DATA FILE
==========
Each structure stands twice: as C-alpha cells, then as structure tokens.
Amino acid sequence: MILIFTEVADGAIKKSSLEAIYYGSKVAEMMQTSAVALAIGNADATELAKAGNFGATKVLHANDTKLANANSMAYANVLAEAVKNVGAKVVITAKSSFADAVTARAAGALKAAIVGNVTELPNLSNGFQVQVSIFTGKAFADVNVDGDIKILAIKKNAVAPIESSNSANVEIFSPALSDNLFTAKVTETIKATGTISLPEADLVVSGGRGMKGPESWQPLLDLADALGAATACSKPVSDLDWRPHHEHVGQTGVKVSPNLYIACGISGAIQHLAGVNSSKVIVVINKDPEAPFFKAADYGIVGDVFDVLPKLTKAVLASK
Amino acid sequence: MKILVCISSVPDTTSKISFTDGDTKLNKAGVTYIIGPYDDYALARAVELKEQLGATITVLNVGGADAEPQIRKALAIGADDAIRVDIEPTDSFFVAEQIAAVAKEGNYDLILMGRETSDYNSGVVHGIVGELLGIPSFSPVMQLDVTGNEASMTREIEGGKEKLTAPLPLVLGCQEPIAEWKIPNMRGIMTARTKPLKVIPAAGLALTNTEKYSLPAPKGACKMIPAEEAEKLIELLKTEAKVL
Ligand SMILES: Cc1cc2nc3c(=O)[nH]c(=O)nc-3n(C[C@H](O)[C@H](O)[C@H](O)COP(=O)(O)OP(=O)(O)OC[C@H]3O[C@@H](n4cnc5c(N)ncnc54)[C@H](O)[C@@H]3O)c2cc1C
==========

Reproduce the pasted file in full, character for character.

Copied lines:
Each structure stands twice: as C-alpha cells, then as structure tokens.
Amino acid sequence: MILIFTEVADGAIKKSSLEAIYYGSKVAEMMQTSAVALAIGNADATELAKAGNFGATKVLHANDTKLANANSMAYANVLAEAVKNVGAKVVITAKSSFADAVTARAAGALKAAIVGNVTELPNLSNGFQVQVSIFTGKAFADVNVDGDIKILAIKKNAVAPIESSNSANVEIFSPALSDNLFTAKVTETIKATGTISLPEADLVVSGGRGMKGPESWQPLLDLADALGAATACSKPVSDLDWRPHHEHVGQTGVKVSPNLYIACGISGAIQHLAGVNSSKVIVVINKDPEAPFFKAADYGIVGDVFDVLPKLTKAVLASK
Amino acid sequence: MKILVCISSVPDTTSKISFTDGDTKLNKAGVTYIIGPYDDYALARAVELKEQLGATITVLNVGGADAEPQIRKALAIGADDAIRVDIEPTDSFFVAEQIAAVAKEGNYDLILMGRETSDYNSGVVHGIVGELLGIPSFSPVMQLDVTGNEASMTREIEGGKEKLTAPLPLVLGCQEPIAEWKIPNMRGIMTARTKPLKVIPAAGLALTNTEKYSLPAPKGACKMIPAEEAEKLIELLKTEAKVL
Ligand SMILES: Cc1cc2nc3c(=O)[nH]c(=O)nc-3n(C[C@H](O)[C@H](O)[C@H](O)COP(=O)(O)OP(=O)(O)OC[C@H]3O[C@@H](n4cnc5c(N)ncnc54)[C@H](O)[C@@H]3O)c2cc1C